Wednesday, February 29, 2012

Lab equipment

Got started on modelling some lab equipment for my journal cover. Still slow going modelling in C4D, but I'm learning some things here and there. I wonder if it'll be tough getting back to a maya workflow after this. Hopefully not.

I really don't know too much about rendering in C4D, so it'll take a while to get good WIP renders out, but here's a type of ambient occlusion for now.


Sunday, February 26, 2012

Website and Journal Cover WIPs

The last few weeks of school have been mostly focused on getting sketches and mockups done for the various projects that I'm working on. I've mocked-up my website in Illustrator and Photoshop, and that's currently being implemented in Dreamweaver (well, to be honest, really the only feature of Dreamweaver I'm taking advantage of is the auto-complete). Chrome is simply brilliant for checking out my website progress. RMB > Inspect element lets you see a whole ton of info and do some crazy things to boot. You can see html on the left, css on the right, and metrics lower down that give you visual cues on how the padding, margins etc. are working on the page. You can uncheck bits of css and see how that changes the page, and even change values in the browser itself. That works on any page, by the way, so I spent some time unchecking bits of facebook and twitter css and royally messing up the page. A refresh will get it back to normal, if you're freaking out. Sorry, I'm not going to post any images from my site mockup yet, so you'll have to wait for the grand reveal in a few weeks. I've been wanting my own site for years and never got the momentum to make it happen on my own (despite getting books on html and css, downloading dreamweaver demos, and making several false starts), so this is pretty exciting.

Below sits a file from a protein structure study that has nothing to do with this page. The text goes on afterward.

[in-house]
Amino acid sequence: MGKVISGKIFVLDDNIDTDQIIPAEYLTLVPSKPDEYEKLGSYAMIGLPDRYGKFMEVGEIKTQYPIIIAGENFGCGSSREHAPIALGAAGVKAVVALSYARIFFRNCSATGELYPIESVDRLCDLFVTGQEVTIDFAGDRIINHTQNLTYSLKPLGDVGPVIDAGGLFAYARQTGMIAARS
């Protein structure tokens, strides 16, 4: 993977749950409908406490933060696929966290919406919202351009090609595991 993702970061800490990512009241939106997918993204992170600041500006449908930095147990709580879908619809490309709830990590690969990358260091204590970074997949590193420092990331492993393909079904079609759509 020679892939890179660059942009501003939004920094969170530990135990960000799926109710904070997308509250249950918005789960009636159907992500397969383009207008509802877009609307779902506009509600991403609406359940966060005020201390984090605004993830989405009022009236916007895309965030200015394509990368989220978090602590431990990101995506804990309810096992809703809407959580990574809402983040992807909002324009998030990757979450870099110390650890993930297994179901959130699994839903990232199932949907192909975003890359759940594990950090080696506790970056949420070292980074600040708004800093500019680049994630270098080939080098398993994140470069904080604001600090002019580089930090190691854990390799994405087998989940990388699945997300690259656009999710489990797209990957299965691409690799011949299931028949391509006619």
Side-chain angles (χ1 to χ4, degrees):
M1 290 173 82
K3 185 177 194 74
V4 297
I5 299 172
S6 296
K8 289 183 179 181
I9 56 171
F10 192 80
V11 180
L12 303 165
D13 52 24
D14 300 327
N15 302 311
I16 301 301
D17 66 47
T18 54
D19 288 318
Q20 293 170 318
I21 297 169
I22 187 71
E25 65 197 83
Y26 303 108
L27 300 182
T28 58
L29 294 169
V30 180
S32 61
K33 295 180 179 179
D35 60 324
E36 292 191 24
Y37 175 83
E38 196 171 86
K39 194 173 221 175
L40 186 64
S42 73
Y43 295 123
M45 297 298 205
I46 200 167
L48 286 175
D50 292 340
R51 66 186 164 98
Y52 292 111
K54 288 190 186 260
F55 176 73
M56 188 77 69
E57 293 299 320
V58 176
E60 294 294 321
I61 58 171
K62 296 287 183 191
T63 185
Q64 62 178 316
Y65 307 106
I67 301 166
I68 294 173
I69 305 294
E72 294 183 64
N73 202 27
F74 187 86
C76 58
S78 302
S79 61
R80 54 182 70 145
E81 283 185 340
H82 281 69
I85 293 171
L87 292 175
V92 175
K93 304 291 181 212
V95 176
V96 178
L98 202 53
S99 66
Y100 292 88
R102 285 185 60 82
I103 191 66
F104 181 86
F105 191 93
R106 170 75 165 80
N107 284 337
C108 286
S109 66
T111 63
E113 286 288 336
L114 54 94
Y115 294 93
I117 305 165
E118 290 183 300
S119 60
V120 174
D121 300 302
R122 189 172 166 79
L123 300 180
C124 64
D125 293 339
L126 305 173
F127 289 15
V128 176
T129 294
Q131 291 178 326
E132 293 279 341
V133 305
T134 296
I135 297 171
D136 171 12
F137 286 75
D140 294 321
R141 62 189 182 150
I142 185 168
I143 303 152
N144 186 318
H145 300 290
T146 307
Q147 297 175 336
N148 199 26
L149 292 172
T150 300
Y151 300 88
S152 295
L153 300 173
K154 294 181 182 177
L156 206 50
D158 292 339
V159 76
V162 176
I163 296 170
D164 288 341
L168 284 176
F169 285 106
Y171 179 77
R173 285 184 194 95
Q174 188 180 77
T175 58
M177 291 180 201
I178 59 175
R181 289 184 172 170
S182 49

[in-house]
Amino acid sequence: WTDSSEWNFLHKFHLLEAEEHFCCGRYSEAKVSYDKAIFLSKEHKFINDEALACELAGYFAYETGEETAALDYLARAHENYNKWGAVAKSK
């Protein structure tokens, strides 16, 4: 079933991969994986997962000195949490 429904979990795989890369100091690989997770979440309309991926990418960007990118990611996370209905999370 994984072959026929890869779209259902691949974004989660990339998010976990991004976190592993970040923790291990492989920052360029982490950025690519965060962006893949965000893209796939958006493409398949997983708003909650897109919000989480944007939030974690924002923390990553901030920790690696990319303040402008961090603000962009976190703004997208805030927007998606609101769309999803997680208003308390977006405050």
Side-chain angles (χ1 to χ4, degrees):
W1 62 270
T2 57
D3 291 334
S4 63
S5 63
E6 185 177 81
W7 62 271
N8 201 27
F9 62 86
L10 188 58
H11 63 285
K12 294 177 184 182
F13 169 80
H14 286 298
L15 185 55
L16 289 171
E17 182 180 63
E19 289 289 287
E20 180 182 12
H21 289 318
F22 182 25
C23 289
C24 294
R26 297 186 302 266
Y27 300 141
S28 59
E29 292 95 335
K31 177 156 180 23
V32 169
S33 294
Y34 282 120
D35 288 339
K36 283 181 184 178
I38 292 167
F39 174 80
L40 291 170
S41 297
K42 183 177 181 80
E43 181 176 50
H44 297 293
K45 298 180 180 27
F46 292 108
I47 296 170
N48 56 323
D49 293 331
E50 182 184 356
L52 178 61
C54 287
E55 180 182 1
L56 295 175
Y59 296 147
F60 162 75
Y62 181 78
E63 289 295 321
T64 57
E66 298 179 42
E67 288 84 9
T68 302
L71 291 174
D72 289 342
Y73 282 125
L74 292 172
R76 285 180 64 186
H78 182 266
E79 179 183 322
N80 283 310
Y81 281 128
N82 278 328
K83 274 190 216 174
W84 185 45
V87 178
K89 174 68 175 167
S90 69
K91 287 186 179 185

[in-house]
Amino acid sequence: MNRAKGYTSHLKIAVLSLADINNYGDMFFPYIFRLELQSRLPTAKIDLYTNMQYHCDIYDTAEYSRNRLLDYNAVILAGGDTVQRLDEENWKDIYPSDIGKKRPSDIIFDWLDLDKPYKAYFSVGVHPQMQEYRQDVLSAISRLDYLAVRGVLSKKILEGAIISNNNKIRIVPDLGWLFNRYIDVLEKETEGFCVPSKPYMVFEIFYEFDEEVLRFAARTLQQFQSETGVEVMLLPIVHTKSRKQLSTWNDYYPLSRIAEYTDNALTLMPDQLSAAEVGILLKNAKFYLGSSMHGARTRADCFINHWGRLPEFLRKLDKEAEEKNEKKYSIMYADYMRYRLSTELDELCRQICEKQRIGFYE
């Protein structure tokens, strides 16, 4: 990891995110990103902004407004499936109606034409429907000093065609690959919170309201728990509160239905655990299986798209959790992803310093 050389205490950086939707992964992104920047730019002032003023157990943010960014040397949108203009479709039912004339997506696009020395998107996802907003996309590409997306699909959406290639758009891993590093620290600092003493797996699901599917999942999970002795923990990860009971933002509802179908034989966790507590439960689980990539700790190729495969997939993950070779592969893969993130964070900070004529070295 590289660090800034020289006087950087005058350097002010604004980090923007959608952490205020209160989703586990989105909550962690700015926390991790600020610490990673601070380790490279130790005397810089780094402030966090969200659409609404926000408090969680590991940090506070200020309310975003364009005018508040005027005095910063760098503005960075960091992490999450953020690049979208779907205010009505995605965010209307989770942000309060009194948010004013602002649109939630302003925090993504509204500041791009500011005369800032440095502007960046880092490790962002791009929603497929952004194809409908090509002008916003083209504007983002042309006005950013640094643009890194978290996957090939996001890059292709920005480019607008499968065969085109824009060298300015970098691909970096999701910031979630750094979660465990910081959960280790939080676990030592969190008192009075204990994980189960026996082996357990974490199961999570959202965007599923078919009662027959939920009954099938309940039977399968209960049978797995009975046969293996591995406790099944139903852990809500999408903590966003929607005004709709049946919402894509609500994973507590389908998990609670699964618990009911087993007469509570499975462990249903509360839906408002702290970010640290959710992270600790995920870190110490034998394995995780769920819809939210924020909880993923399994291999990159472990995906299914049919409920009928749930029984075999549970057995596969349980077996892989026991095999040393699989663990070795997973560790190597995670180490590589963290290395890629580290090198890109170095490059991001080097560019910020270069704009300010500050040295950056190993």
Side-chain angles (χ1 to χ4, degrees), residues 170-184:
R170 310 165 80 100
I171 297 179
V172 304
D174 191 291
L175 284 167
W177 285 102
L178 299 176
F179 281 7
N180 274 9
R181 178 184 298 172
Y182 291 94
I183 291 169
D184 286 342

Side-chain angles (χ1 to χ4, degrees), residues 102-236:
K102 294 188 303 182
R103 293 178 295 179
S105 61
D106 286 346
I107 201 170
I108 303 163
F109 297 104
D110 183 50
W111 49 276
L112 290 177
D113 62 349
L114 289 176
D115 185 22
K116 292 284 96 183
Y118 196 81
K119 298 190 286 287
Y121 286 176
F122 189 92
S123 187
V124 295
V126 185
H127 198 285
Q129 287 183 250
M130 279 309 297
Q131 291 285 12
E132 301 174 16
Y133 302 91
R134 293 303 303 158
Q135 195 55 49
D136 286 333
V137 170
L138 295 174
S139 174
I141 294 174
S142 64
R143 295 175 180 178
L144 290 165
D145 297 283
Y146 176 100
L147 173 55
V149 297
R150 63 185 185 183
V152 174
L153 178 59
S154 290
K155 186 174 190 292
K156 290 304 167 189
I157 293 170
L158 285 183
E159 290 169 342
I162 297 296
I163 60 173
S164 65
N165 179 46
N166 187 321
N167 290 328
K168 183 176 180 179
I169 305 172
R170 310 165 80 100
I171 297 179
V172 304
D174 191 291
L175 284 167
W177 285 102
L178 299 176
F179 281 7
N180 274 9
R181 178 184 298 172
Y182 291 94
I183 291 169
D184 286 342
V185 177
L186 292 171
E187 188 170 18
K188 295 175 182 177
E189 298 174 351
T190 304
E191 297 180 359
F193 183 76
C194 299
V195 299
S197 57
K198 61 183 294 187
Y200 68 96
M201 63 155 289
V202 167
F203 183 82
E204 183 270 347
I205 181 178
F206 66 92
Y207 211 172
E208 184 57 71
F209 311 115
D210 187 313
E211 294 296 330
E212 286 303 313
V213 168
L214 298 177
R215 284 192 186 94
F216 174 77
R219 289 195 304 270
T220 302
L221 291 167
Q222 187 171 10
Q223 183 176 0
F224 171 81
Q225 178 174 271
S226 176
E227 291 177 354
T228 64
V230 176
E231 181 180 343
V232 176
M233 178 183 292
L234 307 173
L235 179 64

The other project that I'm really getting excited about is the 3D journal cover in Cinema4D. Here's my sketch of a fake journal cover advertising an article on transgenics in hamsters.

It's an editorial piece, so I get to be creative with the style and content. The background is that hamster cells (CHO cells) get used to produce human enzymes for use in therapies for people with non-functional copies of the enzyme. The idea was to represent this process somewhat conceptually using laboratory equipment motifs, but more in an old-school style mixed with mechanical/factory parts connecting it all together. Hopefully the final product will be visually interesting and engaging, while allowing for a few levels of interpretation. That's my goal, anyway.

Well, I always end up writing long posts infrequently. I'll work on more frequent shorter updates with a better picture to word ratio. This blog is getting close to 10,000 views as counted by the google counter thing. So, again, thanks to all that read! Here's a TL;DR cat for you.